So as far as upgrading, it depends on what you intend to shoot the majority of the time. if it is indeed this type of shot, and you want high quality output, you need to move out of the bridge camera market. But, it will be expensive. If this is an occasional shot, and you want it to look better, perhaps a better spec bridge camera would do. In either event, you need to understand the camera controls first, - rather than depend on action modes, and other preset modes. It would not be appropriate though for us to recommend a course of action though on a single shot; only you know if you are happy with the current camera, and if you are actually getting the most out of it that its capable of. For example, theres no guarantee a DSLR or higher spec bridge would produce a much better shot if you use preset modes, and dont fully understand how to get the best out of the equipment.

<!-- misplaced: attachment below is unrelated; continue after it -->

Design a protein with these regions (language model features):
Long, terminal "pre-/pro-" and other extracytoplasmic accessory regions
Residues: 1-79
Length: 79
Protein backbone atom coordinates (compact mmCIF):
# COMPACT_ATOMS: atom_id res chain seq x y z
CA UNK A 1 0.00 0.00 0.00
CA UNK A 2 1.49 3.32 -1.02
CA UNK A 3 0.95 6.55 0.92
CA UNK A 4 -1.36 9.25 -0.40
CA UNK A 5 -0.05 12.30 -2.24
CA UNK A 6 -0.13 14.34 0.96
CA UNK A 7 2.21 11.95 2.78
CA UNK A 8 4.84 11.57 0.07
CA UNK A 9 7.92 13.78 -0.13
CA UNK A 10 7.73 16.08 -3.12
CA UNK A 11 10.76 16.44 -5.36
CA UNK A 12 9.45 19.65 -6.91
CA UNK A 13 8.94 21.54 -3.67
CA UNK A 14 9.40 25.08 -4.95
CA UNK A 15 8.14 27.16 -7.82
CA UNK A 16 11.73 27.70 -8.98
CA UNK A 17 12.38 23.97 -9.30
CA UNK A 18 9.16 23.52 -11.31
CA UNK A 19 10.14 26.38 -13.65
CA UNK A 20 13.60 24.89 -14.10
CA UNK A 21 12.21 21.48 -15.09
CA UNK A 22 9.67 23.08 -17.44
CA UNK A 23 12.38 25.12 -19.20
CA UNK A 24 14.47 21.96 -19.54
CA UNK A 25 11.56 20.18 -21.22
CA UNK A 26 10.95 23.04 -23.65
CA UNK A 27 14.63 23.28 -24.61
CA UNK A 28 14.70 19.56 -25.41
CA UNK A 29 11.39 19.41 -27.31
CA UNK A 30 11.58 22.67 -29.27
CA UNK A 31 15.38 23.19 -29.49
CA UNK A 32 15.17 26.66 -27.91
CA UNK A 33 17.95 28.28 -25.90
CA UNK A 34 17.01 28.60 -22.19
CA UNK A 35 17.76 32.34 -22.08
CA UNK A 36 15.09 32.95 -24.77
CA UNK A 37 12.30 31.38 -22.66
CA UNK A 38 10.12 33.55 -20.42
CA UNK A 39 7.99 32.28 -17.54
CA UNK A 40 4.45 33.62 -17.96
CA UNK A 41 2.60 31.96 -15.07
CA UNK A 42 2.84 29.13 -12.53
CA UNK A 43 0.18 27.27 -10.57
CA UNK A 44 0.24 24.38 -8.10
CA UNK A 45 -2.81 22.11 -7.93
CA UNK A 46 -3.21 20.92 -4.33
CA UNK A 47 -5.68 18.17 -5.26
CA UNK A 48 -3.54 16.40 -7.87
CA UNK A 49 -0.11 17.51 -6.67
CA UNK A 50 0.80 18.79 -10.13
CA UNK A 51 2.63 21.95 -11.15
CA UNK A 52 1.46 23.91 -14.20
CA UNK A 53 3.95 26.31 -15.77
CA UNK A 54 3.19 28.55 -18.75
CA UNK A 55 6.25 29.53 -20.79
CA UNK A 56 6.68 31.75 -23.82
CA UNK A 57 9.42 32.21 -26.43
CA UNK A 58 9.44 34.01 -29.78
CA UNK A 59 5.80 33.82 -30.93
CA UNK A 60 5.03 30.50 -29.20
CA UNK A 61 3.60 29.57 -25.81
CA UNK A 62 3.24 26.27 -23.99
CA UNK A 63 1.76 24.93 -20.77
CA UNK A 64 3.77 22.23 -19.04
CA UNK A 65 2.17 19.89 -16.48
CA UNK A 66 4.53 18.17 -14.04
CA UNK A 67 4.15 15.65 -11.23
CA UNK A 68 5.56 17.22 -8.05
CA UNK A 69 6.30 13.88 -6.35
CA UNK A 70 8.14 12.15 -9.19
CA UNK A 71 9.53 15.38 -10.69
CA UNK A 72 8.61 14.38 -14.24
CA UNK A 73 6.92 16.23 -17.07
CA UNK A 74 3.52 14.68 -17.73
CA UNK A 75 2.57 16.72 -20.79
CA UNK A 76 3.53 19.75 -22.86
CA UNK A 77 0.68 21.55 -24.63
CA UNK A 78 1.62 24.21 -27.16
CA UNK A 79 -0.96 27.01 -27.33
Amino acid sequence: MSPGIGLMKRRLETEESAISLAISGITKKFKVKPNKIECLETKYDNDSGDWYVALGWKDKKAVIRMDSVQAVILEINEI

If you look in flickr HERE you will find many examples of very good images from the HS10

There is already a mod uploaded thats an improvement, and Im uploading another.
paulbroad Plus
12 131 1285 United Kingdom
21 Oct 2014 3:15PM
When you buy higher end gear you are buying the ability to perform, not a guarantee. You must learn how to use the functions available. The point is that the capability needs to be there and almost all compacts and bridge caneras have very definate ceilings beyond which yiu cannot go.

Even a basic DSLR, fitted with the relevant accessories will handle almost any imaging need to a very high standard, butonly if you naster it.

Paul
craggwildlifephotography Junior Member 11 137 1 United Kingdom
21 Oct 2014 4:41PM
just done another quick mod ..hope you like it

Regards

David
richmowil Plus
10 369 2 England
21 Oct 2014 5:57PM
Your field craft got you closer and that's the main objective to be able to record the image! Its impossible to control the weather - it is what it is. Good Equipment will only help you produce better images, after you have got closer!! So you are part way there. Once you have the image you then need to enhance the image you have !! Your well on the way!!
pamelajean Plus
13 1.2k 2089 United Kingdom
21 Oct 2014 6:46PM
Hi, Pauline, I see you have been with us since June, but only have this one picture in your portfolio.
I therefore don't know if you have uploaded before, visited the Critique Gallery, and perhaps deleted the other pictures.